Although the Syme amputation is a well-known and effective procedure, the Boyd amputation is often a better choice for patients dealing with osteomyelitis of the midfoot or forefoot. Doctors also might recommend a Boyd amputation as an alternative to a below-knee amputation since it gives the patient a more solid weight-bearing surface. The best indication for this type of amputation is a large leg length discrepancy of more than 30% when the skeleton is fully mature. Also, since the 1960s, the Boyd amputation has been used to treat children who were born without a fibula.

What Occurs During a Boyd Amputation?

As mentioned, the Boyd amputation can be performed in a one- or two-stage process. Before the Boyd amputation procedure begins, a doctor will make incision marks on your foot. Remember, the goal is to preserve as much of the plantar flap as possible. The surgeon uses a sagittal saw and cuts the anterior process, sustentacalcum tail, as well as posterior and middle facets.

One way to connect the bones involves making two incisions on the skin near the distal lateral and medial parts of the leg. The surgeon uses wires from the superior to inferior parts so they exit the tibia. Once the wires are crossed and secured, two 6.5-mm cannulated screws are passed over the wires. The wires are then removed, and the screws are tightened. The lateral portion of the malleolus is resected at a 45-degree angle to prevent the area from further breaking down. The surgeon uses sutures or staples to close the area, and a drain is inserted for 48 to 72 hours.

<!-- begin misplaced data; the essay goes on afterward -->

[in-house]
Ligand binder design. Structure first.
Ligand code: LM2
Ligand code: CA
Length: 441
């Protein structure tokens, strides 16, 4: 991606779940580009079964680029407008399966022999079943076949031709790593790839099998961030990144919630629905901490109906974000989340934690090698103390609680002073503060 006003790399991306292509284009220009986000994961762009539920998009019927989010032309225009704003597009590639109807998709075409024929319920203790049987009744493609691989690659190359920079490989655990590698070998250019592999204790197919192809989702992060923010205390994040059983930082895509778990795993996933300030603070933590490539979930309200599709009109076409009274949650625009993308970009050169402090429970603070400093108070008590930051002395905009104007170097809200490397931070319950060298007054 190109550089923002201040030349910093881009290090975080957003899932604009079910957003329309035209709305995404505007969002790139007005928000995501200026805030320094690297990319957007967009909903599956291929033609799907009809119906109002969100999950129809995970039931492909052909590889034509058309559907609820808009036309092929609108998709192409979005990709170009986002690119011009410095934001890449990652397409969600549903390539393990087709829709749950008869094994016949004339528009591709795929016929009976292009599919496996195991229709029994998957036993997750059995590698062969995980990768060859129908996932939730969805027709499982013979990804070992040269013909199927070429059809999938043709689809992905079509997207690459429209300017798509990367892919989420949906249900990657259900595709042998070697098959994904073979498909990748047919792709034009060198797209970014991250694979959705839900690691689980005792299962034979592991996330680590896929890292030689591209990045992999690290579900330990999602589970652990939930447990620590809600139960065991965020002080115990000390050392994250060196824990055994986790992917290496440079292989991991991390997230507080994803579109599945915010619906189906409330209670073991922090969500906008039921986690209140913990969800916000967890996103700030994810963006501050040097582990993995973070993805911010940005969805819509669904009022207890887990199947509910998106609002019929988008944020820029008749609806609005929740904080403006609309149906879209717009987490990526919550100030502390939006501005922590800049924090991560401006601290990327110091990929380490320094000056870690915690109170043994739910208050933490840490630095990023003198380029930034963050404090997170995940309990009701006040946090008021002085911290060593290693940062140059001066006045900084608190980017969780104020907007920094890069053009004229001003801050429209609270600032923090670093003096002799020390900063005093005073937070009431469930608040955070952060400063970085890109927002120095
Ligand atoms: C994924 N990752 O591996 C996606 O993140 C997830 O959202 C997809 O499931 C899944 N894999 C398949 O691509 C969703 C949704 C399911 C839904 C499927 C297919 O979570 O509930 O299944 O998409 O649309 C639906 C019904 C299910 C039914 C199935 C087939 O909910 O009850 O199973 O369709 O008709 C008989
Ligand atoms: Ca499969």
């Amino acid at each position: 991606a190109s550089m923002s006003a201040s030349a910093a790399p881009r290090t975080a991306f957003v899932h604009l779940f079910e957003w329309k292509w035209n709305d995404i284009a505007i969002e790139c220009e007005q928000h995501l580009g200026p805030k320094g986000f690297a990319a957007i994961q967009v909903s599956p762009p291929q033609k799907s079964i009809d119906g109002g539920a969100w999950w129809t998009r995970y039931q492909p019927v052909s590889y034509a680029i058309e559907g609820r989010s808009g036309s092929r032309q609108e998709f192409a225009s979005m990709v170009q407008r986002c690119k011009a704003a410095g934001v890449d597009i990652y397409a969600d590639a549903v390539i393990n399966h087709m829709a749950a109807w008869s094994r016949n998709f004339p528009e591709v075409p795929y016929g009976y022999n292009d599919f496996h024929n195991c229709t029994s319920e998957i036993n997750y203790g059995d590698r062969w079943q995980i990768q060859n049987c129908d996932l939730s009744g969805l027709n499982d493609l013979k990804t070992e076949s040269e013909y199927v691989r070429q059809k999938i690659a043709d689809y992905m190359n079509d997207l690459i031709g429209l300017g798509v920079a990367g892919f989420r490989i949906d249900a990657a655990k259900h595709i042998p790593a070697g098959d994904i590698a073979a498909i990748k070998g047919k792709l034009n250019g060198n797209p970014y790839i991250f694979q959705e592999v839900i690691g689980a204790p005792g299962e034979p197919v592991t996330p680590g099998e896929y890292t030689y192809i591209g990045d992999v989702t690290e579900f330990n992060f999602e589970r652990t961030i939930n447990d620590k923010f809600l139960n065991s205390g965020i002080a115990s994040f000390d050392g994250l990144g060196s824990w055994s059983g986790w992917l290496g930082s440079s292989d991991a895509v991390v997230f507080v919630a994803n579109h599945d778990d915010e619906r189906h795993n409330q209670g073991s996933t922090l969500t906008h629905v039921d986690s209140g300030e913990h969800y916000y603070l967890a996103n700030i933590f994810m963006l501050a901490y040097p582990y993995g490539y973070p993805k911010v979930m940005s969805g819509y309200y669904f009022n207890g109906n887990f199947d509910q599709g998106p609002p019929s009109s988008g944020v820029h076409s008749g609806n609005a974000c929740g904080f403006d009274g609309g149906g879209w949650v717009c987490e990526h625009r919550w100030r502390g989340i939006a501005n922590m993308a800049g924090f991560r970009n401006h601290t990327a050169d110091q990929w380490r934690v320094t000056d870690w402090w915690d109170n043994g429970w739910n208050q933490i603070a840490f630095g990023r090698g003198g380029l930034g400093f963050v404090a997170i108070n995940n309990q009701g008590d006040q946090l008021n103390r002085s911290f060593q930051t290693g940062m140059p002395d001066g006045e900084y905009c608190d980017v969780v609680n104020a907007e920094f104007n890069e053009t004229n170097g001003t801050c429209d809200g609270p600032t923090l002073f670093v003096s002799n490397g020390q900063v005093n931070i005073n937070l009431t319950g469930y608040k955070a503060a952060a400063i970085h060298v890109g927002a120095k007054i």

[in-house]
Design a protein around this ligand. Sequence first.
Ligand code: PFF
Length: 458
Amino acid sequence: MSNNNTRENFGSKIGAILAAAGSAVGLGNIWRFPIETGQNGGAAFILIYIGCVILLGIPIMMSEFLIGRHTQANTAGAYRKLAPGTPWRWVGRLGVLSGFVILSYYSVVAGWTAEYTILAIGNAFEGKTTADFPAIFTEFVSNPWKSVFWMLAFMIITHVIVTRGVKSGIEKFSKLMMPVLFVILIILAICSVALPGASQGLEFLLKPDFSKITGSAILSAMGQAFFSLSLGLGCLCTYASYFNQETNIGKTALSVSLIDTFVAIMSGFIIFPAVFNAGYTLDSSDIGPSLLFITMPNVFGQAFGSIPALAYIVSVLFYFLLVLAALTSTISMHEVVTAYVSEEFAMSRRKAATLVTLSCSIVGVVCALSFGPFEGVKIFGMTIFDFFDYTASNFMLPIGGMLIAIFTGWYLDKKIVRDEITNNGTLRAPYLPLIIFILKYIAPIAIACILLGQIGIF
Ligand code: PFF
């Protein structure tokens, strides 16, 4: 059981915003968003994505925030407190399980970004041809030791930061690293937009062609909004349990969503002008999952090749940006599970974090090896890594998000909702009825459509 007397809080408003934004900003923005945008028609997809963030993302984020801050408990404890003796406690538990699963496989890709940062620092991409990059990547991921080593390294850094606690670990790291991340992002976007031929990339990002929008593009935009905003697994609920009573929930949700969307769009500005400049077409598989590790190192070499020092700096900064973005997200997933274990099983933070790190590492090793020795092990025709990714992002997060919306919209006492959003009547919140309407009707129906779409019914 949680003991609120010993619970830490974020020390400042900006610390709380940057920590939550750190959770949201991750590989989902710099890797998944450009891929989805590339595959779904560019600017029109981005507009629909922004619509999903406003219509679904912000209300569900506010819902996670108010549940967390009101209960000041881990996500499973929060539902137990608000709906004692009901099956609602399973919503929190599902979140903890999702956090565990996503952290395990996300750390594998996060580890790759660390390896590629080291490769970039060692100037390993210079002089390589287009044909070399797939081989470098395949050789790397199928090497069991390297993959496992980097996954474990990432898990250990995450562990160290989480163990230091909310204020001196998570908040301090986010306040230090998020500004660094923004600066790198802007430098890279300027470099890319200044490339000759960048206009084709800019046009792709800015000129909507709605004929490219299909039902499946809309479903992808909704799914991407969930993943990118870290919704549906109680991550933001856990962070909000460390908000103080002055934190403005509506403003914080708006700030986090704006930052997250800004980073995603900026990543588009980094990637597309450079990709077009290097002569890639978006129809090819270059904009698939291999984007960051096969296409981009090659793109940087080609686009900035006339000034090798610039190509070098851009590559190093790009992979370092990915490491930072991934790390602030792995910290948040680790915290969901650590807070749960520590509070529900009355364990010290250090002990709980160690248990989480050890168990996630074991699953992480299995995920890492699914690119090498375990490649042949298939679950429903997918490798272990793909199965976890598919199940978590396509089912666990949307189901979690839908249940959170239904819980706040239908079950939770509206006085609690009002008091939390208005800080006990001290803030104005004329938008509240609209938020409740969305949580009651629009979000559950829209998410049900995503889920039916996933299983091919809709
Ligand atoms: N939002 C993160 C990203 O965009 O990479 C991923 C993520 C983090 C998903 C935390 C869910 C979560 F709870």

What You Should Expect Afterward

After the surgery, expect to spend a night in the hospital. Upon discharge, you want to avoid placing weight on that limb for approximately four weeks. Once you’ve been approved by your team of doctors, you will be outfitted with a removable cast, which you should wear for another four weeks. This cast has an additional heel cushion that is constructed out of shock-absorbent material. The next phase has you fitted with a prosthetic leg, which should allow you to walk unassisted three months after surgery.

What Prosthetics Are Available After a Boyd Amputation?

Prosthetic legs can give you the mobility to resume the lifestyle you’re accustomed to. Your prosthetist can help you decide which one will work best and recommend any extra products that can make wearing the prosthetic more comfortable. After you’ve selected a prosthetic foot, your prosthetist will create a schedule that will gradually increase the time you spend wearing your prosthetic. You’ll start by wearing it just a few hours a day and increase the time to all-day wear. Avoid rushing the process since that can cause soreness and skin damage.

As a viable treatment option for serious foot ailments, the Boyd amputation is a solid option if you’re considering amputation. If you need a prosthetic once you undergo the amputation, reach out to Scheck & Siress. We have more than 50 American Board Certified practitioners at our 18-plus locations scattered throughout Illinois, Indiana, and Wisconsin. We even offer in-house fabrication for timely service, so you won’t need to wait long for your prosthetic. Let us help you navigate the process and help you make an informed decision.